Top 10 Boundary Setting Statements To Reduce Stress At Work

Top 10 Boundary Setting Statements To Reduce Stress At Work

Learning to set healthy boundaries is the key to overcoming resentment and achieving work-life balance.

Boundaries are lines we set about our expectations, availability, and energy. Because boundaries protect our energy and focus, they allow us to be more productive in the workplace.

Boundaries simply prevent us from overcommitting and make our lives easier.

We might think that setting boundaries push others away from us. However, setting boundaries can actually help us have better relationships with others in the workplace and help us prioritize our wellness.

Use these 10 common boundary setting statements you can use at work to help you manage your stress:

1. Your boss asks you to take on a new project and you are already overwhelmed by your existing workload.

"Thank you for thinking of me for this project, can you give me a few days to take a look at the projects and deadlines on my responsibilities and we can have a follow-up conversation on how I can shift priorities”

Follow-up action: List current priorities along with new tasks and make a list of tasks that need to get shifted for you to take on the new project.

2. You are asked to stay late to do a task and you either don’t want to or have other obligations.

"Can you tell me when does this need to be completed? I can stay until (x) time, but I have other obligations and can complete this task tomorrow."

3. Your manager sends you a long list of to-do items right before your scheduled vacation and you don’t have enough time to do them all.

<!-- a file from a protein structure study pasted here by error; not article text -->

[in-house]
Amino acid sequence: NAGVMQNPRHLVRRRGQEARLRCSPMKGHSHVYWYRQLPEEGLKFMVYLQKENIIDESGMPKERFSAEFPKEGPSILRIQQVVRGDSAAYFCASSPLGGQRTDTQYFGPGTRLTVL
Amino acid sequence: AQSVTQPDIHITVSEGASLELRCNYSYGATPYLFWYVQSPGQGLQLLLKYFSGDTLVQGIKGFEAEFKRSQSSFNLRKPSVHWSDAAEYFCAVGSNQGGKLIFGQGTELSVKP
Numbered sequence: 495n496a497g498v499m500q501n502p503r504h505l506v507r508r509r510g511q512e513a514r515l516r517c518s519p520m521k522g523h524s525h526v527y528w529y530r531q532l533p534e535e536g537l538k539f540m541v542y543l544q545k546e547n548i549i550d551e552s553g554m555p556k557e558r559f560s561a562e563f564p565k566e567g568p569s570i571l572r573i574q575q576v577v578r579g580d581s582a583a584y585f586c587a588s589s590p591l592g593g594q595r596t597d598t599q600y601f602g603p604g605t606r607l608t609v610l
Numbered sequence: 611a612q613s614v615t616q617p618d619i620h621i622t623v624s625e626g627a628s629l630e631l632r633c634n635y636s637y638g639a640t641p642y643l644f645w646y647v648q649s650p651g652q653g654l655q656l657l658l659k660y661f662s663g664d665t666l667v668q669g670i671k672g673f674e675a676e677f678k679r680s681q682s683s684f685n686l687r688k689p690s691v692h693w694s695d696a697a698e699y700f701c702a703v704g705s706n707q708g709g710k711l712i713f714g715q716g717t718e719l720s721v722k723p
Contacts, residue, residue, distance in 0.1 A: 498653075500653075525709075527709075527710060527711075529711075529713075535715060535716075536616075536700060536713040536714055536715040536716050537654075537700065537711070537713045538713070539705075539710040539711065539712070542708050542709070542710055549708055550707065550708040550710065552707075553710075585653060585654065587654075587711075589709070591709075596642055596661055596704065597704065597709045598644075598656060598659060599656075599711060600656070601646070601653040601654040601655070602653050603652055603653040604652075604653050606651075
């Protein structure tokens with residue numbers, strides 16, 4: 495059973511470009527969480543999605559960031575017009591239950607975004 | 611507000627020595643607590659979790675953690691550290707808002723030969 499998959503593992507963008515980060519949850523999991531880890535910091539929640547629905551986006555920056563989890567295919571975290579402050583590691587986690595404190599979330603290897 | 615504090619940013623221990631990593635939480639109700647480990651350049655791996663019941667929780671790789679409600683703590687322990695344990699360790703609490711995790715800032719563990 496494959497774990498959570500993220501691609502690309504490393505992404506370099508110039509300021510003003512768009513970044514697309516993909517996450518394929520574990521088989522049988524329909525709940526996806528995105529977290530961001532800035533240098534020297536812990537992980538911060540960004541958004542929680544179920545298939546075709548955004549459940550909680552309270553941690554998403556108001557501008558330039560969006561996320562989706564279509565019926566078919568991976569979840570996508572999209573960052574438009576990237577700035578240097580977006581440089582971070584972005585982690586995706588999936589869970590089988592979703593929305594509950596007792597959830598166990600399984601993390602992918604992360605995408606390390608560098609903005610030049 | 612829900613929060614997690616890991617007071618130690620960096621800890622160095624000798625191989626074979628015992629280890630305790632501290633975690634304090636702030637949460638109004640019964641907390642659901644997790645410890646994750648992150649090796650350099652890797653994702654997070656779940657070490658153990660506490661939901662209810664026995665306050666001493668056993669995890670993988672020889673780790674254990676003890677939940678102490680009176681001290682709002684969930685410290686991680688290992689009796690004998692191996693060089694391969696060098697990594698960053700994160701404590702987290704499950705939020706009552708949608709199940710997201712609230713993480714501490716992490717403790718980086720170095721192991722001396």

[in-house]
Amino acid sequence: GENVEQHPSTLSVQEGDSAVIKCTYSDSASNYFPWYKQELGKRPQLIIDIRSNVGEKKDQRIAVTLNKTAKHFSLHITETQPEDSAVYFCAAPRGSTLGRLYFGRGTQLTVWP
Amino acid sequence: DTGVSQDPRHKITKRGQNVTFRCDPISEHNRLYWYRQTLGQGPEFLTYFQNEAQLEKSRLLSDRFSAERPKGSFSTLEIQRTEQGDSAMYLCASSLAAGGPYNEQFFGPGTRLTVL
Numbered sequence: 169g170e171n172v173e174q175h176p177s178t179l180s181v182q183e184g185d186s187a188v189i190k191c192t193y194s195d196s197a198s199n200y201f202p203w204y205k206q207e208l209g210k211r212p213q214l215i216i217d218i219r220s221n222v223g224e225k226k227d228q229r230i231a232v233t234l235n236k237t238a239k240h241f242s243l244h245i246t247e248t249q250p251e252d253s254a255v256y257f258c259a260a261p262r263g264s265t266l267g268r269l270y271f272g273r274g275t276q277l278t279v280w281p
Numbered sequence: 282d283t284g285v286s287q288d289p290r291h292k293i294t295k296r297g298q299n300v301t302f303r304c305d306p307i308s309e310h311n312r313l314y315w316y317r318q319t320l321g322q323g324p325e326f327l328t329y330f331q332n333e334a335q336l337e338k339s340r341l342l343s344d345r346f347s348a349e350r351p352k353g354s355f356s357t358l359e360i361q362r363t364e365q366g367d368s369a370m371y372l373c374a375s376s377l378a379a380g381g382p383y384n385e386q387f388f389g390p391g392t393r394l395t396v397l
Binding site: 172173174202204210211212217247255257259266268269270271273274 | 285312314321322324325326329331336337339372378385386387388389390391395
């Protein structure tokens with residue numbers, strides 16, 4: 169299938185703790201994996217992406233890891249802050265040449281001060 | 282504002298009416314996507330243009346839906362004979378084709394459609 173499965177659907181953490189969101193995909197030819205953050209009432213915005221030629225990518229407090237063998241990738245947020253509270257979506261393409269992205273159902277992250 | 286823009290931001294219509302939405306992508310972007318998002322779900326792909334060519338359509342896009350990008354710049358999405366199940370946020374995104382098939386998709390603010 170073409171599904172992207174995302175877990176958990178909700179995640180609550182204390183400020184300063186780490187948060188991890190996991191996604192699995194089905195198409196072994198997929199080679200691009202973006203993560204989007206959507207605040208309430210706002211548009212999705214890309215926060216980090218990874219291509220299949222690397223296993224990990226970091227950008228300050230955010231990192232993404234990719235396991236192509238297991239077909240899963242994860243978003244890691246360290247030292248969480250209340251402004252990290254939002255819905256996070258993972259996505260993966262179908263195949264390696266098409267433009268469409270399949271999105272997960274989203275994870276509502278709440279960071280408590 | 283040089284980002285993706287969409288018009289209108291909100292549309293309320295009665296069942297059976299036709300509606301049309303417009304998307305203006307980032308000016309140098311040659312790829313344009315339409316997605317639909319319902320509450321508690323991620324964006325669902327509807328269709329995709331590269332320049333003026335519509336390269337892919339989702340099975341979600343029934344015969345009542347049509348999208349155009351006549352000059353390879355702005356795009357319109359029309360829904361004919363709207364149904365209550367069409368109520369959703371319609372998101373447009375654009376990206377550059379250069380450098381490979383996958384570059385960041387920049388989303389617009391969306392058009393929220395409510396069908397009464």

“I won’t be able to finish all the items before tomorrow, which ones do you want me to prioritize”.

4. You are asked to attend a meeting that you don’t see as relevant

“Thank you for the invite to this meeting however I don’t believe my presence is required. If you need my input on something specific, don’t hesitate to email me your needs.“

5. You are asked to go to an event you can’t or do not want to attend.

“Thank you for the invite and for thinking of me. Unfortunately, I won’t be able to make it to [Event] on [date]. Hopefully, we can get together another time.”

6. Your manager is micromanaging you and you want some space to do your work.

“Thanks for checking in on x project. I’ll continue to provide you with updates (state timeline of update). If there’s anything specific you need I am happy to address this and would appreciate some autonomy to get my projects completed."

7. When a co-worker’s priorities are interfering with your work.

“I understand this is a priority for you and I will get to it when I am able to as I am currently working on more pressing items.”

8. Your co-worker leaves the organization and your manager gives you their workload on top of your own.

'Will these tasks be part of my job long-term? If so, is there an opportunity to re-evaluate my job title and compensation to reflect these additional responsibilities more accurately?

9. You are asked to go back into the office to do your job when you would like to work from home.

“Can you tell me how my job duties and functions cannot be completed at home?”


"I would like to work from home (x) number of days as I feel my productivity has been better when I work from home, can we discuss how we can make this happen”

10. You disagree with your manager's direction with a project because you know it will lead to unnecessary work for you.

"I wonder if instead, we can do it this way (pitch way to do it instead)."


Whenever you're ready, there are 2 ways we can help you:

1. Join The Stress Relief Toolkit  to build a better system to optimize your wellbeing

2. Explore an organizational solution to boost the wellness of your team:

    Book a discovery call.


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